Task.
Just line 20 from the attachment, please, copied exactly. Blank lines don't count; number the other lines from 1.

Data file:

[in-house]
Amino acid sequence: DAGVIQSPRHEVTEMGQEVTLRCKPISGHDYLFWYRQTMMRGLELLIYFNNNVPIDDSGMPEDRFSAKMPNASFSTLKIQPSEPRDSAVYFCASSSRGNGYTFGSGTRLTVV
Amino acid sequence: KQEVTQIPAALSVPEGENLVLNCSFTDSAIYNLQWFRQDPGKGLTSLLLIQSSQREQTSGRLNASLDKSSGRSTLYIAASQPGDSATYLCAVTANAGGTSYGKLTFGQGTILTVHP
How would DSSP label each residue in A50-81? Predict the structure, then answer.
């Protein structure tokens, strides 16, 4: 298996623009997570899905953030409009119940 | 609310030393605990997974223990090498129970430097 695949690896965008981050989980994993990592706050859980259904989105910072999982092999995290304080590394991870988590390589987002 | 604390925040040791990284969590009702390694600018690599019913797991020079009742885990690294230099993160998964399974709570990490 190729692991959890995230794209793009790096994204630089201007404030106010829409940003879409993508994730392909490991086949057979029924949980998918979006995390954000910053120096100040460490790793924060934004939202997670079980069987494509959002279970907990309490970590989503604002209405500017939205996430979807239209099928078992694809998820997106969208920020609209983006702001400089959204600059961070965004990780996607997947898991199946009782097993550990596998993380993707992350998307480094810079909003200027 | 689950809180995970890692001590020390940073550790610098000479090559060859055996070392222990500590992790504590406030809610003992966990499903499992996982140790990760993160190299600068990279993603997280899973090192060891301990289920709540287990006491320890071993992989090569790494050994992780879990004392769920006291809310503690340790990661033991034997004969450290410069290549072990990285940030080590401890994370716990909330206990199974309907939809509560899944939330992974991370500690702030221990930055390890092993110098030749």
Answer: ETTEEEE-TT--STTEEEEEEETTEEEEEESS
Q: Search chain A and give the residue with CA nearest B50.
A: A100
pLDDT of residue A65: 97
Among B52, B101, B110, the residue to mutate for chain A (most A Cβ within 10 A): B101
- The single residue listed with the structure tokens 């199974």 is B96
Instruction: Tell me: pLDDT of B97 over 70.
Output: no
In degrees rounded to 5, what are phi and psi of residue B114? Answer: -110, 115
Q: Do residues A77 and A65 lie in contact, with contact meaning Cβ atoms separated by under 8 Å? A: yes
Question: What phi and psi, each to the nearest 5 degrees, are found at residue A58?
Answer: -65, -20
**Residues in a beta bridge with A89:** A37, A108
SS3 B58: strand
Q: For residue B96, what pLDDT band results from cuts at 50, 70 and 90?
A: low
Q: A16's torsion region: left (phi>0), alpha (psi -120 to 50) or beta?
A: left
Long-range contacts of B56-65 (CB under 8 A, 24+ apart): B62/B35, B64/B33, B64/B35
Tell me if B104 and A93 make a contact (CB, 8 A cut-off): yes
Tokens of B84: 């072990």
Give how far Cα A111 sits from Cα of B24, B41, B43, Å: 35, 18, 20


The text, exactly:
Q: For residue B96, what pLDDT band results from cuts at 50, 70 and 90?